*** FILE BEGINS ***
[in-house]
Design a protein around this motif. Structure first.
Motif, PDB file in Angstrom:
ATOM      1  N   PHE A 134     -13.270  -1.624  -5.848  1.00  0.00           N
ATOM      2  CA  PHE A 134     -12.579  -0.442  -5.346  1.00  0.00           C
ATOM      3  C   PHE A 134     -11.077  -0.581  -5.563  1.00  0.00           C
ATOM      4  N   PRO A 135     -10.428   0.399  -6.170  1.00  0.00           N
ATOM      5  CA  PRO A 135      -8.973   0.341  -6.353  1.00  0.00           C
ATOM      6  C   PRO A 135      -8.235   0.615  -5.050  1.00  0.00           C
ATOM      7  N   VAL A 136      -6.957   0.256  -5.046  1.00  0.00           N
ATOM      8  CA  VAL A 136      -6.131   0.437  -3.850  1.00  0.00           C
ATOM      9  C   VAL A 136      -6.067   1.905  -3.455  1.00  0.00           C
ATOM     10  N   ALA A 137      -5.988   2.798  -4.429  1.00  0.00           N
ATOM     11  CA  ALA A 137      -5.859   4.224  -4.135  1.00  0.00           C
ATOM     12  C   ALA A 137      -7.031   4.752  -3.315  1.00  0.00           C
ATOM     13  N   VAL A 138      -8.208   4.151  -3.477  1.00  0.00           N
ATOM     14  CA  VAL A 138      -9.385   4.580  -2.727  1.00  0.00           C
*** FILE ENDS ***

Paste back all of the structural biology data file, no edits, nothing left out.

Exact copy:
[in-house]
Design a protein around this motif. Structure first.
Motif, PDB file in Angstrom:
ATOM      1  N   PHE A 134     -13.270  -1.624  -5.848  1.00  0.00           N
ATOM      2  CA  PHE A 134     -12.579  -0.442  -5.346  1.00  0.00           C
ATOM      3  C   PHE A 134     -11.077  -0.581  -5.563  1.00  0.00           C
ATOM      4  N   PRO A 135     -10.428   0.399  -6.170  1.00  0.00           N
ATOM      5  CA  PRO A 135      -8.973   0.341  -6.353  1.00  0.00           C
ATOM      6  C   PRO A 135      -8.235   0.615  -5.050  1.00  0.00           C
ATOM      7  N   VAL A 136      -6.957   0.256  -5.046  1.00  0.00           N
ATOM      8  CA  VAL A 136      -6.131   0.437  -3.850  1.00  0.00           C
ATOM      9  C   VAL A 136      -6.067   1.905  -3.455  1.00  0.00           C
ATOM     10  N   ALA A 137      -5.988   2.798  -4.429  1.00  0.00           N
ATOM     11  CA  ALA A 137      -5.859   4.224  -4.135  1.00  0.00           C
ATOM     12  C   ALA A 137      -7.031   4.752  -3.315  1.00  0.00           C
ATOM     13  N   VAL A 138      -8.208   4.151  -3.477  1.00  0.00           N
ATOM     14  CA  VAL A 138      -9.385   4.580  -2.727  1.00  0.00           C